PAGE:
Lucy Vickery

How famous writers do social isolation

How famous writers do social isolation
Rudyard Kipling: ‘If you can wash your hands ten times an hour…’ Credit: Topical Press Agency / Stringer
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In Competition No. 3147 you were invited to submit tips on social isolation in the style of a well-known writer. It was a terrific entry, in which famously retiring souls such Emily Dickinson loomed uncharacteristically large. I loved Nicholas Stone’s twist on Louis Macneice’s ‘Bagpipe Music’ (‘It’s no go the bog roll, it’s no go the office,/ All we want is a conference call and a bag of Werther’s toffees…’) and J.G. Ballard’s suggestion, via Adrian Fry: ‘Exercise in liminal spaces: abandoned office complexes, rewilding traffic islands, Shepperton’. Commendations, too, to Hamish Wilson’s Philip Larkin (‘Man hands on unwashed misery to man,/ Keep people distant. Stay in while you can.’), Phillip Sheahan, Liz Aram and Amar Singh Bhandal. The winners take £25.

If you can wash your hands ten times an hour

Without becoming overly obsessed;

If you can hold back tears when there’s no flour

Nor make an online search your daily quest;

If you can keep at least two metres’ distance

From everyone (that’s those you love as well)

And not despair at your confined existence

But strive to make a Heaven from this Hell.

 

If you can work from home without succumbing

To living in pyjamas, munching Twix

If daily updates have become brain-numbing

And you can’t swallow yet more politics;

If you can live within each indoor minute,

Not lust for travel plans you can’t contrive,

But cherish each small hope and how to spin it

Then you might — but, no promises! — survive.

D.A. Prince/Rudyard Kipling
Go wander lonely far from crowds

But not as far as vale and hills;

Go meditate on sky and clouds;

Gaze on your neighbour’s daffodils.

Down empty byways take your stroll;

Think safety first where e’er you roam

And when fresh air has filled your soul

Go back content to muse at home.

 

Earth may for you not look so fair

When happy friends are far away

And deadly germs are in the air

But safe at home it’s wise to stay.

And when upon your couch you lie

And feel that life is full of pain,

Look for a rainbow in the sky

A sign the sun will shine again.

Frank McDonald/Wordsworth
Go placidly amid the joggers coughing and wheezing and the brats chalking rainbows and hopscotching all over the street. As far as possible, while crossing the road, looking the other way, holding your breath, be on good terms with all persons. Listen to others, even the Business Secretary: they too have their story. Avoid Good Morning Britain hosts: they are vexatious to the spirit. Enjoy your achievements, however humble: a Tesco delivery slot, a Netflix subscription — these are real possessions in the changing fortunes of time. Do not distress yourself with dark imaginings: Strictly will be back. You are a child of the universe. No less than Robert Peston, you have a right to be here. Be at peace with your neighbours, however noisy their bloody sound system. With all its scams, drudgery and joggers (did I mention joggers?) it is still a beautiful world. Be cheerful. Watch Bargain Hunt.

David Silverman/Max Ehrmann
When you’re lying awake, is it umbrage you take

At the thought of this terrible virus?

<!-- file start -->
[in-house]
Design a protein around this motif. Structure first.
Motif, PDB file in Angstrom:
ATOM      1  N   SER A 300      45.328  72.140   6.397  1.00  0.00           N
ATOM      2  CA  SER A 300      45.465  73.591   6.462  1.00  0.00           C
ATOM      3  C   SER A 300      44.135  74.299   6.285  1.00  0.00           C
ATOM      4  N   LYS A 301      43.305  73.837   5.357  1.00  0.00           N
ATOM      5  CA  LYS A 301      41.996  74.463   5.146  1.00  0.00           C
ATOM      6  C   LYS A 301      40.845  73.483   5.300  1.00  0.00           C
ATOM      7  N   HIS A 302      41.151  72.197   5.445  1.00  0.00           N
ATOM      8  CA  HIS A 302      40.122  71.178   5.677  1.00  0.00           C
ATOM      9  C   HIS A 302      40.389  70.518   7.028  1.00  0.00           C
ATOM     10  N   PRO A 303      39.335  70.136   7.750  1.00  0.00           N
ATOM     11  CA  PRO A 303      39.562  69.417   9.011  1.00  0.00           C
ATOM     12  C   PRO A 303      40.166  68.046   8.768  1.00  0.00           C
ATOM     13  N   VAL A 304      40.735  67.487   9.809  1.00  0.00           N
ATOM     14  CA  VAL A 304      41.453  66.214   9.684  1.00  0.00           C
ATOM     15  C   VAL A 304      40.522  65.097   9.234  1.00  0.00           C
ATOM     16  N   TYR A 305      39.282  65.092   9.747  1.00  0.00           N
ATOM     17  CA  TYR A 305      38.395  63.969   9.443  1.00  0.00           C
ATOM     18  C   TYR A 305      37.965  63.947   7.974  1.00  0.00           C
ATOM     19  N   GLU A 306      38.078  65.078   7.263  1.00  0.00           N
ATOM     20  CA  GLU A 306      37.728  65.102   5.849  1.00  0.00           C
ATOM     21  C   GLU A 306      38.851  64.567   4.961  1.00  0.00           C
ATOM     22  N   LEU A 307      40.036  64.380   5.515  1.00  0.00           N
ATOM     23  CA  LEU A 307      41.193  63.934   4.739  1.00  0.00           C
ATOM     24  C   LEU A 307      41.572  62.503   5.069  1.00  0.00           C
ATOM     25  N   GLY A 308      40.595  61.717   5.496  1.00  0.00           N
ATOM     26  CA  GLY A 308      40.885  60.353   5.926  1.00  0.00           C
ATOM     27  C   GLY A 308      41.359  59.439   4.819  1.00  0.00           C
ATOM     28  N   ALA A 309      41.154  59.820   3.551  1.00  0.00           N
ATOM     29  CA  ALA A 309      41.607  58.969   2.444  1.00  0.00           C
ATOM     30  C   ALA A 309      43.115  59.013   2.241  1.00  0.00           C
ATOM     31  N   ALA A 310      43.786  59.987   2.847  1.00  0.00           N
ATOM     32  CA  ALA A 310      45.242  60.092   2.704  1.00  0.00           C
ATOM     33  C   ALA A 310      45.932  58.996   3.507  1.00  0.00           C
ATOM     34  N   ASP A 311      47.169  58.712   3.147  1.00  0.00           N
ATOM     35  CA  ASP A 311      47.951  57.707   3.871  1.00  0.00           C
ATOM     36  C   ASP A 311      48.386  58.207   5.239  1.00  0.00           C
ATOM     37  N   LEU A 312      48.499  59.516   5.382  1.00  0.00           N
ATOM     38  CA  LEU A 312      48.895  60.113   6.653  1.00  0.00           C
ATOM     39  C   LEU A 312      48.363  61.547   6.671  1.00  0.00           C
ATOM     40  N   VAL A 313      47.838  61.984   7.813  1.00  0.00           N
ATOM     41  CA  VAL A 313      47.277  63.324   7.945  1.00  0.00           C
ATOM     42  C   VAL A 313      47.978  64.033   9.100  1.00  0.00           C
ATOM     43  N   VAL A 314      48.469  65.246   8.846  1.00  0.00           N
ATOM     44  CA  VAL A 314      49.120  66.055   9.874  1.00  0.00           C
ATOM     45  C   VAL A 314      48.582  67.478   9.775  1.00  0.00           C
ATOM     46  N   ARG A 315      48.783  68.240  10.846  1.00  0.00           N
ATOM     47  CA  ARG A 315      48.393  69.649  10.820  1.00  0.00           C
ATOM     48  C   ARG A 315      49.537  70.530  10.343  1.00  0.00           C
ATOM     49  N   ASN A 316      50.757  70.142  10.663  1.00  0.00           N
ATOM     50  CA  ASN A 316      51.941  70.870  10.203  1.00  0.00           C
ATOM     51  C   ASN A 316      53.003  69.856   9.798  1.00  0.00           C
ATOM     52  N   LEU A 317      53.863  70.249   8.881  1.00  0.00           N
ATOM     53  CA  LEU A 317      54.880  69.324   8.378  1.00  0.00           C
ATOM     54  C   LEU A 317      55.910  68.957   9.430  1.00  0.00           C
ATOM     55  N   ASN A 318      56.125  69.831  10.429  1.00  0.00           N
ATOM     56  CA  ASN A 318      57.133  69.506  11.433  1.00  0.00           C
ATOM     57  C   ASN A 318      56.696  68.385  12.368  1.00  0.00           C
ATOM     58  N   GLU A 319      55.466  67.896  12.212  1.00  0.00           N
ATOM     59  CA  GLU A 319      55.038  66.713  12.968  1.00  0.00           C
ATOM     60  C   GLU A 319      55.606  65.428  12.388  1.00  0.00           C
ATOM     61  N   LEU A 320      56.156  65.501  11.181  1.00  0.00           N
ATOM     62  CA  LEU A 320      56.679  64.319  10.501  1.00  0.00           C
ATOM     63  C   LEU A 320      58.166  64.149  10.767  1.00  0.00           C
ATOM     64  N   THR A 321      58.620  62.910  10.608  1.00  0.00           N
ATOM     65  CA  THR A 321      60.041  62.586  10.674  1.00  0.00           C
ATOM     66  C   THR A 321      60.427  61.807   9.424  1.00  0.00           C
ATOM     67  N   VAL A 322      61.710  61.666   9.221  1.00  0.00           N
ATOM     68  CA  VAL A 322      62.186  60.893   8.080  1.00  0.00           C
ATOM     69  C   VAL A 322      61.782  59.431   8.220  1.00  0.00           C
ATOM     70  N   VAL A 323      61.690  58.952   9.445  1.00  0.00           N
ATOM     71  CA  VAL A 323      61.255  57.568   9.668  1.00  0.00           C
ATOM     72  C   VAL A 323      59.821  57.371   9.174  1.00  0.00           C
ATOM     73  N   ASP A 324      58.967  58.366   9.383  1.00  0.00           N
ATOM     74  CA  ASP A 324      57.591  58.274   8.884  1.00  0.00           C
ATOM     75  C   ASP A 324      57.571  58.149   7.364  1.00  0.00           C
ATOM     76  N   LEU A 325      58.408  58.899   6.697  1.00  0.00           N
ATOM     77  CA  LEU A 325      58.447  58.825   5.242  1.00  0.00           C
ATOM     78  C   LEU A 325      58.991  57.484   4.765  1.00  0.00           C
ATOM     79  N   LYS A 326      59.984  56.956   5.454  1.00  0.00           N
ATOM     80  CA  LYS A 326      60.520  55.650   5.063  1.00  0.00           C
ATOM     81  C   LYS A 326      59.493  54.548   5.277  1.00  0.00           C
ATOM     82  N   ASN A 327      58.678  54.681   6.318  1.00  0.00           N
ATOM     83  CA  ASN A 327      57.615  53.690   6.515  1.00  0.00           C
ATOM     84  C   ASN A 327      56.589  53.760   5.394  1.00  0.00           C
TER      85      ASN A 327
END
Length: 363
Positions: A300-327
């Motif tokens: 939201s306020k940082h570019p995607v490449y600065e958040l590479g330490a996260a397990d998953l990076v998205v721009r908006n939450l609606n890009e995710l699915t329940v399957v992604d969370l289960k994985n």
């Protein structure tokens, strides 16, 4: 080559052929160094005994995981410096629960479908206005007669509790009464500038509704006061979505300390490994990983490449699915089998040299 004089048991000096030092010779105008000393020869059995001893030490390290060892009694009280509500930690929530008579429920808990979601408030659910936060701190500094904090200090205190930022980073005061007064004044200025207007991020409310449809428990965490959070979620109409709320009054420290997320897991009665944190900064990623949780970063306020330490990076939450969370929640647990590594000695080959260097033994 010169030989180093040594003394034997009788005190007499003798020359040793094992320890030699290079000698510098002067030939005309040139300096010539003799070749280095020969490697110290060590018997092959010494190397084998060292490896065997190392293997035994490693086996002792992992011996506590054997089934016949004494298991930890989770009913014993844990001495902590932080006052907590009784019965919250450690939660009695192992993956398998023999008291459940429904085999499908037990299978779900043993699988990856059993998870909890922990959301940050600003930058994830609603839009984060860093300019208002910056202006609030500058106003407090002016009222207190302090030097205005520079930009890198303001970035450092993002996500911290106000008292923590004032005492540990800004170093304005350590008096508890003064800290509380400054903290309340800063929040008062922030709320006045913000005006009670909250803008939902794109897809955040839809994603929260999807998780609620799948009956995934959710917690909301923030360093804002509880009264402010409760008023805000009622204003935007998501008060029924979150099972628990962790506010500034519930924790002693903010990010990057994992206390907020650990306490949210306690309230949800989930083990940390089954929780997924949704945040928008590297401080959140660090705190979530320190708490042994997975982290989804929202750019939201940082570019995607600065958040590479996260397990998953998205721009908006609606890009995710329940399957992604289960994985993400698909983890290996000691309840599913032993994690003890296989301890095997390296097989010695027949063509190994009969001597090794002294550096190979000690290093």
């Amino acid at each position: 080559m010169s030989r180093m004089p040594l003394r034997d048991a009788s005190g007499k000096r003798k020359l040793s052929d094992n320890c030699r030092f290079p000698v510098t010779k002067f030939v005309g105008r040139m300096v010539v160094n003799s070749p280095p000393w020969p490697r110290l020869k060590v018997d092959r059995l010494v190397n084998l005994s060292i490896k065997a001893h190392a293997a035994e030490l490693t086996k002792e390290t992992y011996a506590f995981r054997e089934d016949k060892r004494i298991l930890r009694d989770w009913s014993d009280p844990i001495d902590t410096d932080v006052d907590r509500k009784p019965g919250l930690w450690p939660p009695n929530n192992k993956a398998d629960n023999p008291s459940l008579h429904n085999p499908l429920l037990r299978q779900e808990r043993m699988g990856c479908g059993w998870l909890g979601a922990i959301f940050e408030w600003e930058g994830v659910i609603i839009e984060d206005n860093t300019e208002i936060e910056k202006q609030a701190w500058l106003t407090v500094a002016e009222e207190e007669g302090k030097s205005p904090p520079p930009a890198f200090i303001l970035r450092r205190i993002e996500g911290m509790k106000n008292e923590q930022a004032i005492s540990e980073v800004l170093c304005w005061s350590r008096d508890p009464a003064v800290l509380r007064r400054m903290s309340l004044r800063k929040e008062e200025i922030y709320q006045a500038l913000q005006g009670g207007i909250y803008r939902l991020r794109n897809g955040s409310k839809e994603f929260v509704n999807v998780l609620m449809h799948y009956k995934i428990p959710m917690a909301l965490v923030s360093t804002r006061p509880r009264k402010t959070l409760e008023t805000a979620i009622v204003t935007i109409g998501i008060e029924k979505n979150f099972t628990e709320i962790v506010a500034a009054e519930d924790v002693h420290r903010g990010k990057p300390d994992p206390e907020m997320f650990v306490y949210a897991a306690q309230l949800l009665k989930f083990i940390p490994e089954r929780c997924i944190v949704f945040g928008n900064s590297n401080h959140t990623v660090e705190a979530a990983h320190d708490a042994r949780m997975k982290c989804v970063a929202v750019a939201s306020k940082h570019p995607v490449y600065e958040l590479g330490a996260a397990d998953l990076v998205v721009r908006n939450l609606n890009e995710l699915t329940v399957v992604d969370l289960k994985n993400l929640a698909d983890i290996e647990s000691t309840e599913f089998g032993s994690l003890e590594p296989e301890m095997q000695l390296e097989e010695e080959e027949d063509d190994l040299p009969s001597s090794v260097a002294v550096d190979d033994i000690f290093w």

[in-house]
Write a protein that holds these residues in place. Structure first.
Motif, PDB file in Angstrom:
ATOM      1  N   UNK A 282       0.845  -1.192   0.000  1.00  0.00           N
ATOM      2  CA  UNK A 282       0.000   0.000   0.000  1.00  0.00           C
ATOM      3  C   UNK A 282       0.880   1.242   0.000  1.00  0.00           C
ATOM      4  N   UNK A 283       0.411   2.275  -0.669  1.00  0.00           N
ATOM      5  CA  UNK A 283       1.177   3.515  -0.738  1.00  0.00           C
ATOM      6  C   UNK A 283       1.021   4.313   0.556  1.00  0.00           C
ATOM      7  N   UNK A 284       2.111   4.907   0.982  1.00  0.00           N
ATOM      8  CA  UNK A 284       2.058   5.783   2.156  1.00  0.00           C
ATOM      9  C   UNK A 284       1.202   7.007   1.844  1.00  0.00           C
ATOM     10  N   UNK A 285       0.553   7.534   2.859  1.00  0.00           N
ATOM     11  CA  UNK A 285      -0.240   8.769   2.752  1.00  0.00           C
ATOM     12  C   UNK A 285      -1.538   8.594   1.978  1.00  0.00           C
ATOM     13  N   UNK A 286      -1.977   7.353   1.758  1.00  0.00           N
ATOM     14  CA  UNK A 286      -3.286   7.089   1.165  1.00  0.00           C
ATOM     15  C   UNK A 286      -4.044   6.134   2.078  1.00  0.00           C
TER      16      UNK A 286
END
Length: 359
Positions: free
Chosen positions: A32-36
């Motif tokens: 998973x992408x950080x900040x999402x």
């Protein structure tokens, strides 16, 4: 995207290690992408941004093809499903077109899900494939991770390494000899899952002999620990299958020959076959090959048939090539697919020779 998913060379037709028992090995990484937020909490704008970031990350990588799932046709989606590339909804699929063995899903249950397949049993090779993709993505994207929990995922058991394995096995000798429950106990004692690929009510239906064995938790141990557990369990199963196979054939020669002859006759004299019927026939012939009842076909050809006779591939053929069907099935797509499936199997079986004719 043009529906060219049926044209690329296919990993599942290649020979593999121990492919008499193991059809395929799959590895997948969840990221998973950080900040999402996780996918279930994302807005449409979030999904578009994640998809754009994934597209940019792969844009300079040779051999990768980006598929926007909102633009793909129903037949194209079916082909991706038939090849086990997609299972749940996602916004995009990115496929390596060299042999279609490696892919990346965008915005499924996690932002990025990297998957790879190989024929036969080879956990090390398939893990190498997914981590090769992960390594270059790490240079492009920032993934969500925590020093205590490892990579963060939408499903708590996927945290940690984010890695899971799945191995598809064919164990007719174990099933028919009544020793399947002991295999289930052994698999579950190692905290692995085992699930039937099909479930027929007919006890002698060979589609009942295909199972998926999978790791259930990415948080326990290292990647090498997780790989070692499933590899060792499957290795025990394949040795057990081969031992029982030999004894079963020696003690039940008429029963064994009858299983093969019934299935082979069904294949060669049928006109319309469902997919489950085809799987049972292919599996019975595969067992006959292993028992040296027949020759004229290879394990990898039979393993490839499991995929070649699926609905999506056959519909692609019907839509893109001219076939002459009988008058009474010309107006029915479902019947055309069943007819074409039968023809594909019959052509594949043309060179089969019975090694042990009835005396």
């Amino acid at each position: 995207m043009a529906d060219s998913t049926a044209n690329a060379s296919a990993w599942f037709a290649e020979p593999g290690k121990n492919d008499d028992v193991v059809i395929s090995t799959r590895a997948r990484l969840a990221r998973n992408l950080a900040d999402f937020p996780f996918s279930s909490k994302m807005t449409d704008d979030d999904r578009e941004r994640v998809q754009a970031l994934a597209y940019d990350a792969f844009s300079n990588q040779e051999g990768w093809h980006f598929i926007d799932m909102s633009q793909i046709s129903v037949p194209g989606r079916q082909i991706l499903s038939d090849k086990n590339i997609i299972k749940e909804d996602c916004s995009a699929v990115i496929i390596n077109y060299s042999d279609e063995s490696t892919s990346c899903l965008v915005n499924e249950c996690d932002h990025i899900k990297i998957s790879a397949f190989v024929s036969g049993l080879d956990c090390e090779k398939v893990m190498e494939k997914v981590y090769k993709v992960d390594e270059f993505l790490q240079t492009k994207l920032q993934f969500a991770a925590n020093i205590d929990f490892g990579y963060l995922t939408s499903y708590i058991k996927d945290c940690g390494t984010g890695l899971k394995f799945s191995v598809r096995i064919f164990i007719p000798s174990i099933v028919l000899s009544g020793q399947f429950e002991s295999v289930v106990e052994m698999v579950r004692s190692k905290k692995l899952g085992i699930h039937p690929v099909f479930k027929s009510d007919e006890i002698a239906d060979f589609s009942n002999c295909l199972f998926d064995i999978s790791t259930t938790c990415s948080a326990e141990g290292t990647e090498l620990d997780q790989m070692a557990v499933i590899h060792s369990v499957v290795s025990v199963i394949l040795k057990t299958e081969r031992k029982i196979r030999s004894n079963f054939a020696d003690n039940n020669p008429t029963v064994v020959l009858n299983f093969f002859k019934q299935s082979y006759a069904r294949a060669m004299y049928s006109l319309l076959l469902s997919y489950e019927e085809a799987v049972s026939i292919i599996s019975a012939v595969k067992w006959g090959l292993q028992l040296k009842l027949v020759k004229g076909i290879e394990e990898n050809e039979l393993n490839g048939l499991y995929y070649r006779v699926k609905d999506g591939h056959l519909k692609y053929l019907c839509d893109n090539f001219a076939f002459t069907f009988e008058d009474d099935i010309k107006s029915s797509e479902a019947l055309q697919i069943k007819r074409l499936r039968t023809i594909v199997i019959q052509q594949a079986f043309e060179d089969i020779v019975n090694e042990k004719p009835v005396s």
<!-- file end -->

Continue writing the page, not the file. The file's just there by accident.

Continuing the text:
Do you find it most grating, this self-isolating

As Hancock and Whitty require us?

Staying six feet apart from the love of your heart,

And being of germs very conscious,

Obeying the laws, are you washing your paws

More than Pilate whose forename was Pontius?

 

Are there grim thoughts a-brewing as you’re Asda-queueing

At double the length of a trolley?

Do you ask my advice how in times so un-nice

Not to give in to dark melancholy?

I say just sit it out, repressing all doubt

That the thing will end, sooner or later.

Meanwhile, do have handy a bottle of brandy,

And the crossword from this week’s Spectator.

George Simmers/W.S. Gilbert
Quarantine is a rum business, but this is no time to lose your grip. Mens sana in corpore sano, so for splendid exercise, hang up a heavy cushion, visualise some unholy blackguard and punch the living daylights out of him. Alternatively, use your dressing-gown cord as a skipping-rope while briskly singing a sea-shanty. You can easily mock up a rowing boat with a chair, broom-handle, and elasticated braces attached to a doorknob.

If nerves need steadying, reread some Henty or perhaps White Fang, or tie a few trout flies. If you happen to have a telephone, why not ‘ring up’ your pals for a bit of chaff? You could, purely for interest, ask your wife to show you how household tasks are performed.

Eat sensibly, don’t get clogged up with too many vegetables, and try to make that bottle of whisky last two, or even three, days.

Hugh King/John Buchan
The Sanctity of Solitude

Is Nature’s best — Advice.

When Fellowship turns fatal, then

Let Self — alone suffice.

 

When summoned by — the wider World

Upon some needful Task,

With rubber Gauntlet guard the Touch,

And breathe — behind the Mask.

 

That Cleanliness and Godliness

Are Kin — we often read.

With frequent Soap greet any Spot

Where Pestilence might — breed.

 

Enriched — by Isolation, let

Our Hygiene be — a Prayer

Until such Day as we can bid

Adieu contagious Air.

Chris O’Carroll/Emily Dickinson

No. 3150: herculean

You are invited to provide a sonnet describing one of Hercules’ labours. Please email entries to lucy@spectator.co.uk by midday on 20 May. NB. We are unable to accept postal entries for the time being.